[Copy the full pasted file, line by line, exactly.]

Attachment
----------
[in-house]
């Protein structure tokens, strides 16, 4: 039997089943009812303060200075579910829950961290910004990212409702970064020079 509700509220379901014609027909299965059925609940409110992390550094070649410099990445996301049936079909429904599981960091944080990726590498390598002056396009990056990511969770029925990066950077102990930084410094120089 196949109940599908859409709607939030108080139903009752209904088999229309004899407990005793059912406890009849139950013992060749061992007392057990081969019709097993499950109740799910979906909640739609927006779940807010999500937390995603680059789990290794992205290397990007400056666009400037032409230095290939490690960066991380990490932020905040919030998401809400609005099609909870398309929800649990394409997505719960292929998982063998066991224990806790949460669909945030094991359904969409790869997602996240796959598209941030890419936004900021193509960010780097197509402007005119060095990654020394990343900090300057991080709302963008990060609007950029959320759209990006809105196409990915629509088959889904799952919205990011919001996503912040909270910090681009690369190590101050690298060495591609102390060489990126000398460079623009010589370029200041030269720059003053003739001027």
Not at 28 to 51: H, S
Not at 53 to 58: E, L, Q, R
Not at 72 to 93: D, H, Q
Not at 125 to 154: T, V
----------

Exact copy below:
[in-house]
């Protein structure tokens, strides 16, 4: 039997089943009812303060200075579910829950961290910004990212409702970064020079 509700509220379901014609027909299965059925609940409110992390550094070649410099990445996301049936079909429904599981960091944080990726590498390598002056396009990056990511969770029925990066950077102990930084410094120089 196949109940599908859409709607939030108080139903009752209904088999229309004899407990005793059912406890009849139950013992060749061992007392057990081969019709097993499950109740799910979906909640739609927006779940807010999500937390995603680059789990290794992205290397990007400056666009400037032409230095290939490690960066991380990490932020905040919030998401809400609005099609909870398309929800649990394409997505719960292929998982063998066991224990806790949460669909945030094991359904969409790869997602996240796959598209941030890419936004900021193509960010780097197509402007005119060095990654020394990343900090300057991080709302963008990060609007950029959320759209990006809105196409990915629509088959889904799952919205990011919001996503912040909270910090681009690369190590101050690298060495591609102390060489990126000398460079623009010589370029200041030269720059003053003739001027």
Not at 28 to 51: H, S
Not at 53 to 58: E, L, Q, R
Not at 72 to 93: D, H, Q
Not at 125 to 154: T, V